One other matter need be referred to in connection with the section. What is sought to be taxed must be income and it cannot be taxed unless it has arrived at a stage when it can be called 'income'."

The observations of Lord Justice Fry quoted above by Mukerji J. were made in Colquhoun v. Brooks4 while construing the provisions of 16 and 17 Victoria Chapter 34, Section 2 , Scehedule'D'. The words to be construed there were “profits or gains, arising or accruing” and it was observed by Lord Justice Fry at page 59:-

"In the first place, I would observe that the tax is in respect of 'profits or gains arising or accruing.' I cannot read those words as meaning 'received by'. If the enactment were limited to profits and gains 'received by' the person to be charged, that limitation would apply as much to all Her Majesty's subjects as to foreigners residing in this country. The result would be that no income-tax would be payable upon profits which accrued but which were not actually received, although profits might have been earned in the kingdom and might have accrued in the kingdom. I think, therefore, that the words 'arising or accruing' are general words descriptive of a right to receive profits."

4 (1888) 21 Q.B.D. 52 at 59
To the same effect are the observations of Satyanarayana Rao J. in Commissioner of Income-tax, Madras

v. Anamallais Timber Trust Ltd.5, and Mukherjea J. in Commissioner of Income-tax, Bombay v. Ahmedbhai Umarbhai & Co., Bombay6, where this passage from the judgment of Mukerji J. in Rogers Pyatt Shellac & Co. v. Secretary of State for India7, is approved and adopted. It is clear therefore that income may accrue to an assesee without the actual receipt of the same. If the assessee acquires a right to receive the income, the income can be said to have accrued to him though it may be received later on its being ascertained. The basic conception is that he must have acquired a right to receive the income. There must be a debt owed to him by somebody. There must be as is otherwise expressed debitum in presenti, solvendum in futuro; See W. S. Try Ltd. v. Johnson (Inspector of Taxes8), and Webb v. Stenton and Others, Garnishees9. Unless and until there is created in favour of the assessee a debt due by somebody it cannot be said that he has acquired a right to receive the income or that income has accrued to him.”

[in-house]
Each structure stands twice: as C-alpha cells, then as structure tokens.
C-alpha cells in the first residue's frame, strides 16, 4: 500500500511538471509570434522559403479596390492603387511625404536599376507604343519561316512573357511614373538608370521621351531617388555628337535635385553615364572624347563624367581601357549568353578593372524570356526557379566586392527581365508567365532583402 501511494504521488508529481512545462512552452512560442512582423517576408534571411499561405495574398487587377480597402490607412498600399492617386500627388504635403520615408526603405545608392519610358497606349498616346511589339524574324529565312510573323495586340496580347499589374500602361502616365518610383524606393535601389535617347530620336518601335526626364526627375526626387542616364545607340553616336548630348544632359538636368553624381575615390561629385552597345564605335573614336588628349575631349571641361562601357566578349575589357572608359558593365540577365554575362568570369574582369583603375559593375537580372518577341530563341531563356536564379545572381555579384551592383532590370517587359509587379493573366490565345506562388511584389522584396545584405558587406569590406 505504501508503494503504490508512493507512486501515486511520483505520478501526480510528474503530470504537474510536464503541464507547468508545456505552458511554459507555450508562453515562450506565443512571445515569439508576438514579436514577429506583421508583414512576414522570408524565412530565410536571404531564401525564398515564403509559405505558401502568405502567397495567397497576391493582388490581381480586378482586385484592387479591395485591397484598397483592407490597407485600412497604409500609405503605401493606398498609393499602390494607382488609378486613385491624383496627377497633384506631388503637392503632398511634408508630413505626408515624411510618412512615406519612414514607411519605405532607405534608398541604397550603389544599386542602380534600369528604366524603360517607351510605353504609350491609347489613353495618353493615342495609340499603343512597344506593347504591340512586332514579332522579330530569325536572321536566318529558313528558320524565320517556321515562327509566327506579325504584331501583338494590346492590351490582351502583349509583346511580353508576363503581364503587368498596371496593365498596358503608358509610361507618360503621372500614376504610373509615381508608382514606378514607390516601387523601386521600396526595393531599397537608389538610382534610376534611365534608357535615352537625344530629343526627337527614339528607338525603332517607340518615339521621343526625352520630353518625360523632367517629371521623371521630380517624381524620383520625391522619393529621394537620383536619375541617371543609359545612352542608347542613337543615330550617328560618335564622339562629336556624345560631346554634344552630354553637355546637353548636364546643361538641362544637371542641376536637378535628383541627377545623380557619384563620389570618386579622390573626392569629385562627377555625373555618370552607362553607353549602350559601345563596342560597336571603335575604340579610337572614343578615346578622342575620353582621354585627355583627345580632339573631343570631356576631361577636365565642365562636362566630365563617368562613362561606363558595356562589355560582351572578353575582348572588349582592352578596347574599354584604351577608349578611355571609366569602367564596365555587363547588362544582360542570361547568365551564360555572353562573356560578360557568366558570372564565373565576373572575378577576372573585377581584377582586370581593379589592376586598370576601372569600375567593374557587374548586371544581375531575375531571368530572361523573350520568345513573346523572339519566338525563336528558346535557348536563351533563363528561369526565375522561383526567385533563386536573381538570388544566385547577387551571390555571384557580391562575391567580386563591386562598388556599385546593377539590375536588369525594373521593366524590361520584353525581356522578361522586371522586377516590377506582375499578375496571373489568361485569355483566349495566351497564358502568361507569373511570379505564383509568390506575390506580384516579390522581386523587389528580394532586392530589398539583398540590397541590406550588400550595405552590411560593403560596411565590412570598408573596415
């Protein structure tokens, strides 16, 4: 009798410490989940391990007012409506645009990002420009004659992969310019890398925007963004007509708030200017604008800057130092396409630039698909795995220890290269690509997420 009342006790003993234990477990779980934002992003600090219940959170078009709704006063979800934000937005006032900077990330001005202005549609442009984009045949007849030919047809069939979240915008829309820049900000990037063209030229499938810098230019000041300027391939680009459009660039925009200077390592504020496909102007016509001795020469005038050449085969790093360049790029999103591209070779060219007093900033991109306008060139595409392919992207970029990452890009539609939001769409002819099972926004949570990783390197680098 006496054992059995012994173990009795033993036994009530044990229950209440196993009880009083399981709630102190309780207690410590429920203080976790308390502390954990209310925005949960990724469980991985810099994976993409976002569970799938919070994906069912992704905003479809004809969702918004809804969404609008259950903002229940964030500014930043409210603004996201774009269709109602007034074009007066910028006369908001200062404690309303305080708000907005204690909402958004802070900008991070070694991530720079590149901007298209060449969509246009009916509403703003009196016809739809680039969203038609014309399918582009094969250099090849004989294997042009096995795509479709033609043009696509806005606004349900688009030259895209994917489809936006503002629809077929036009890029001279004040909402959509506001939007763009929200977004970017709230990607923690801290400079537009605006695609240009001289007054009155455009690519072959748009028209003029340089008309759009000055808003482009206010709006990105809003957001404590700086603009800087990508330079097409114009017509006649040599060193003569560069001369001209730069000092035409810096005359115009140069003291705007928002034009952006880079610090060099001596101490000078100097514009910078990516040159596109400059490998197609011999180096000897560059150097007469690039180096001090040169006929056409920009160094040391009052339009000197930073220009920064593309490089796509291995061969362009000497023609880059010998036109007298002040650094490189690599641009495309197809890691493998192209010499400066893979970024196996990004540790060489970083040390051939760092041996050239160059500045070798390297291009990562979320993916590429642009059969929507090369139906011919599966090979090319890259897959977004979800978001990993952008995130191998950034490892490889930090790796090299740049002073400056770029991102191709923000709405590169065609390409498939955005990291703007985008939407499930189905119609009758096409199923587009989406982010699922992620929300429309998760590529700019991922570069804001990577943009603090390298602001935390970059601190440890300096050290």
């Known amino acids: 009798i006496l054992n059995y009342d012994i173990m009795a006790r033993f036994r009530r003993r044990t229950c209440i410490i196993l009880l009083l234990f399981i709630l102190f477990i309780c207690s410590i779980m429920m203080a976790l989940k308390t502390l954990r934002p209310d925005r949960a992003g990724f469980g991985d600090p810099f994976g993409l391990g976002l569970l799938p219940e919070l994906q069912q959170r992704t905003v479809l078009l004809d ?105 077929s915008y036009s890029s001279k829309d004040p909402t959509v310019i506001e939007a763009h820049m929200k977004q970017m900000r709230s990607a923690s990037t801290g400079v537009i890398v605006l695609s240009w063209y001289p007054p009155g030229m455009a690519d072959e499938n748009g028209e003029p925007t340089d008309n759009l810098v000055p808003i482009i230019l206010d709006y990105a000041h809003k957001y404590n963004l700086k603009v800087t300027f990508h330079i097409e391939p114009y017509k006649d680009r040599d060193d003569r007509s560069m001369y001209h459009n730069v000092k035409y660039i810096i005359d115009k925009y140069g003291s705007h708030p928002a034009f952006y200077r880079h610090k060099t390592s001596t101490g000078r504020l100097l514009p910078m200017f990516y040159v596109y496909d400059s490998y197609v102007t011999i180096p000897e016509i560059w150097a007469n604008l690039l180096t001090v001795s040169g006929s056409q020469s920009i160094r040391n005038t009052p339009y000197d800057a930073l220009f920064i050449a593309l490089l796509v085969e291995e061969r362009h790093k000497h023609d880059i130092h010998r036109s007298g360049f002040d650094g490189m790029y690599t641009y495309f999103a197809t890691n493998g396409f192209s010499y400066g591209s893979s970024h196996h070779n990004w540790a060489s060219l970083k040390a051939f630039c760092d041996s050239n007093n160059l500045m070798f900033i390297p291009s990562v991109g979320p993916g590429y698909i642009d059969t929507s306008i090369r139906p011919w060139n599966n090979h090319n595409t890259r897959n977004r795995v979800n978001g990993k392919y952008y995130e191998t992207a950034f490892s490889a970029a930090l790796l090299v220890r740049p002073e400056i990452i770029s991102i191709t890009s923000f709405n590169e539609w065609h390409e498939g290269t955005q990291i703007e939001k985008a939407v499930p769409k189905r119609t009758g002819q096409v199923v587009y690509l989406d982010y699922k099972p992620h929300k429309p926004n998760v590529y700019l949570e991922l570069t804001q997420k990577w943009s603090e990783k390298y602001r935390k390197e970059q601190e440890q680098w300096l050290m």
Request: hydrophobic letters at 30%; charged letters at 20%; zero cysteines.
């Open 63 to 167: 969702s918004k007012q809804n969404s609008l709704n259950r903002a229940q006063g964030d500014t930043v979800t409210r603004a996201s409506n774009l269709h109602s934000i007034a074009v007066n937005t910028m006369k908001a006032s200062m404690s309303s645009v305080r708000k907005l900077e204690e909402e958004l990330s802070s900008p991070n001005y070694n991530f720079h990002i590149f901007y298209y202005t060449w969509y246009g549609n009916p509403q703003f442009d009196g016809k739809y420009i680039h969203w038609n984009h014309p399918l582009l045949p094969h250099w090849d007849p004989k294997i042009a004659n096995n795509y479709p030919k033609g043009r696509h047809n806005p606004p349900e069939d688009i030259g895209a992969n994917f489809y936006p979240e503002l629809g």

5 (1950) 18 I.T.R. 333 at 342
6 (1950) S.C.R. 335 at 389 : 18 I.T.R. 472
7 (1925) 1 I.T.C. 365 at 372
8 (1946) 1 All E.R. 532 at 539
9 11 Q.B.D. 518 at 522, 527

8. Viewed from the aforesaid perspective, it is clear that no such right to receive the rent accrued to the assessee at any point of time during the assessment year in question, inasmuch as such enhancement though with retrospective effect, was made only in the year 1994. The contention of the Revenue that the enhancement was with retrospective effect, in our considered view, does not alter the situation as retrospectivity is with regard to the right to receive rent with effect from an anterior date. The right, however, came to be vested only in the year 1994.

9. In the light of the foregoing discussions, it has to be held that the notice seeking to reopen the assessment for the assessment year 1989-1990 is without jurisdiction and authority of law. The said notice, therefore, is liable to be interfered with and the order of the High Court set aside.

We order accordingly. Consequently, the appeal is allowed.

10. Needless to say, the present adjudication is confined to the question of jurisdiction to issue the notice under Section 148 of the Act for reopening the assessment for the assessment year 1989-1990. No opinion on the rights and liabilities of the parties in respect of the receipt in question with regard to any subsequent year(s) has been dealt with by us and we make it clear that the same will be governed by the relevant provisions of the Act.